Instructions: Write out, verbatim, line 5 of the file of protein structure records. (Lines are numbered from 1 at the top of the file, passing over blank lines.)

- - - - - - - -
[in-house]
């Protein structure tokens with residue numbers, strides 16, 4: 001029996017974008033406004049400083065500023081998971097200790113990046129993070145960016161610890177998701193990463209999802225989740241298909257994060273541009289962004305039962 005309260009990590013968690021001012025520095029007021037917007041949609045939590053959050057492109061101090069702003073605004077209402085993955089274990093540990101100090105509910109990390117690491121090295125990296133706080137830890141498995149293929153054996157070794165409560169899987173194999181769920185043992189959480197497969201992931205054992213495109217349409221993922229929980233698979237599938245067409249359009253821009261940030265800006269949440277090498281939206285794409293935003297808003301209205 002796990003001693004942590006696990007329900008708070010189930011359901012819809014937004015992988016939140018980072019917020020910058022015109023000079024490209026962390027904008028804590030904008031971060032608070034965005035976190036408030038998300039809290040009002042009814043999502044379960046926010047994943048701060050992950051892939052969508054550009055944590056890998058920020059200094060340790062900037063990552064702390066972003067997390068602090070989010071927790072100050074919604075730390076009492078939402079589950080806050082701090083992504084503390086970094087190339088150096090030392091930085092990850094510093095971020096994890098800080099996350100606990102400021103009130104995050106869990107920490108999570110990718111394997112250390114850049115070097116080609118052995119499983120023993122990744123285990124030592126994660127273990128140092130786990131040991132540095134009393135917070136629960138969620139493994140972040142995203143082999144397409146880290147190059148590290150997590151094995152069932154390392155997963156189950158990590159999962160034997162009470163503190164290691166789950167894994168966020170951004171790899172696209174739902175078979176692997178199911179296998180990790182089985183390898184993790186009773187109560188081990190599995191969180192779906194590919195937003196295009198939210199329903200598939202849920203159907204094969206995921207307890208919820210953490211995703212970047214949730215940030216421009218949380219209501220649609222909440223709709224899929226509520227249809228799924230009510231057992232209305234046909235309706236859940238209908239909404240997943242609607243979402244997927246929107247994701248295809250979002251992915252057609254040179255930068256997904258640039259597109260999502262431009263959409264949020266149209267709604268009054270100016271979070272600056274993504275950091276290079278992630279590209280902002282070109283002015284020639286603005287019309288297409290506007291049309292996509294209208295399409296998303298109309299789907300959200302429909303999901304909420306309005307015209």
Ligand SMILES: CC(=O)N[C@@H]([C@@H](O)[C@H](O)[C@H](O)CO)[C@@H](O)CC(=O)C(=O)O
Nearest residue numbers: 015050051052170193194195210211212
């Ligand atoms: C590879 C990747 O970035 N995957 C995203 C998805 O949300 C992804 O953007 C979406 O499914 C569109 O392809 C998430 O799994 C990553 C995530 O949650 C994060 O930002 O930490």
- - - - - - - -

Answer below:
């Ligand atoms: C590879 C990747 O970035 N995957 C995203 C998805 O949300 C992804 O953007 C979406 O499914 C569109 O392809 C998430 O799994 C990553 C995530 O949650 C994060 O930002 O930490």